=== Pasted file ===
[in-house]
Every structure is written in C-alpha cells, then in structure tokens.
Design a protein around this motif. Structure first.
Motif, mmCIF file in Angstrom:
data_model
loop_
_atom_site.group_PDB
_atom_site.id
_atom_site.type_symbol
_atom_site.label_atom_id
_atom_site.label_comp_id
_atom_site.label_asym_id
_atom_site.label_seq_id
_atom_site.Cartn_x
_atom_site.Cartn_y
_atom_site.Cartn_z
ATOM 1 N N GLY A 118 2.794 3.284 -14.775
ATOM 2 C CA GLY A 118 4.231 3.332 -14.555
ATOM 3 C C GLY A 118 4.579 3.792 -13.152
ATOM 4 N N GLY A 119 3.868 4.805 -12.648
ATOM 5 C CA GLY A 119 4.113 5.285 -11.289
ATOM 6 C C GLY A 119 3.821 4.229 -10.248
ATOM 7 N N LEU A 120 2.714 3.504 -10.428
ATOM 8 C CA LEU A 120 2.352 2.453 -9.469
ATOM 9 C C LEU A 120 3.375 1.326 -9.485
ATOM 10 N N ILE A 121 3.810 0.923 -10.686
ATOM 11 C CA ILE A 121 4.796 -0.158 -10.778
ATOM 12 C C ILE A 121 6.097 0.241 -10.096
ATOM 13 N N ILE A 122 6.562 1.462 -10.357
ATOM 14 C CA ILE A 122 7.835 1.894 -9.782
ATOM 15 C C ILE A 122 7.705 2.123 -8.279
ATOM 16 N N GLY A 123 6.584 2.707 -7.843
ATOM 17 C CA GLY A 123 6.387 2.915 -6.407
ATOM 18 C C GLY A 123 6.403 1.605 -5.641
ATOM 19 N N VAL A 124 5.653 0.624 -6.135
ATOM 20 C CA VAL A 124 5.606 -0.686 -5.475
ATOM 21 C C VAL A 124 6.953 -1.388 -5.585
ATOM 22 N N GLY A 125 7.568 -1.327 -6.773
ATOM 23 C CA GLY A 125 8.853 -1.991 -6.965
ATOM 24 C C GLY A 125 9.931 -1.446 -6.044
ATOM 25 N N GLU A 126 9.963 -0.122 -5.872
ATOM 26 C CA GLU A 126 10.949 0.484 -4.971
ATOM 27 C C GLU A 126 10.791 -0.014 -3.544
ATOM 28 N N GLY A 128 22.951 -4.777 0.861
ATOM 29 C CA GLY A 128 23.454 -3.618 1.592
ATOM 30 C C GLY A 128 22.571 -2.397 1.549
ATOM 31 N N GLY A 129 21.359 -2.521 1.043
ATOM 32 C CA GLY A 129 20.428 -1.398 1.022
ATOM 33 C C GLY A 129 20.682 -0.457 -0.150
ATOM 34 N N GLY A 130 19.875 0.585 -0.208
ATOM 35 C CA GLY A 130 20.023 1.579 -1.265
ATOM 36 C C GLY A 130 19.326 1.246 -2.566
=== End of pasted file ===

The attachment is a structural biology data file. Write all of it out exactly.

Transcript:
[in-house]
Every structure is written in C-alpha cells, then in structure tokens.
Design a protein around this motif. Structure first.
Motif, mmCIF file in Angstrom:
data_model
loop_
_atom_site.group_PDB
_atom_site.id
_atom_site.type_symbol
_atom_site.label_atom_id
_atom_site.label_comp_id
_atom_site.label_asym_id
_atom_site.label_seq_id
_atom_site.Cartn_x
_atom_site.Cartn_y
_atom_site.Cartn_z
ATOM 1 N N GLY A 118 2.794 3.284 -14.775
ATOM 2 C CA GLY A 118 4.231 3.332 -14.555
ATOM 3 C C GLY A 118 4.579 3.792 -13.152
ATOM 4 N N GLY A 119 3.868 4.805 -12.648
ATOM 5 C CA GLY A 119 4.113 5.285 -11.289
ATOM 6 C C GLY A 119 3.821 4.229 -10.248
ATOM 7 N N LEU A 120 2.714 3.504 -10.428
ATOM 8 C CA LEU A 120 2.352 2.453 -9.469
ATOM 9 C C LEU A 120 3.375 1.326 -9.485
ATOM 10 N N ILE A 121 3.810 0.923 -10.686
ATOM 11 C CA ILE A 121 4.796 -0.158 -10.778
ATOM 12 C C ILE A 121 6.097 0.241 -10.096
ATOM 13 N N ILE A 122 6.562 1.462 -10.357
ATOM 14 C CA ILE A 122 7.835 1.894 -9.782
ATOM 15 C C ILE A 122 7.705 2.123 -8.279
ATOM 16 N N GLY A 123 6.584 2.707 -7.843
ATOM 17 C CA GLY A 123 6.387 2.915 -6.407
ATOM 18 C C GLY A 123 6.403 1.605 -5.641
ATOM 19 N N VAL A 124 5.653 0.624 -6.135
ATOM 20 C CA VAL A 124 5.606 -0.686 -5.475
ATOM 21 C C VAL A 124 6.953 -1.388 -5.585
ATOM 22 N N GLY A 125 7.568 -1.327 -6.773
ATOM 23 C CA GLY A 125 8.853 -1.991 -6.965
ATOM 24 C C GLY A 125 9.931 -1.446 -6.044
ATOM 25 N N GLU A 126 9.963 -0.122 -5.872
ATOM 26 C CA GLU A 126 10.949 0.484 -4.971
ATOM 27 C C GLU A 126 10.791 -0.014 -3.544
ATOM 28 N N GLY A 128 22.951 -4.777 0.861
ATOM 29 C CA GLY A 128 23.454 -3.618 1.592
ATOM 30 C C GLY A 128 22.571 -2.397 1.549
ATOM 31 N N GLY A 129 21.359 -2.521 1.043
ATOM 32 C CA GLY A 129 20.428 -1.398 1.022
ATOM 33 C C GLY A 129 20.682 -0.457 -0.150
ATOM 34 N N GLY A 130 19.875 0.585 -0.208
ATOM 35 C CA GLY A 130 20.023 1.579 -1.265
ATOM 36 C C GLY A 130 19.326 1.246 -2.566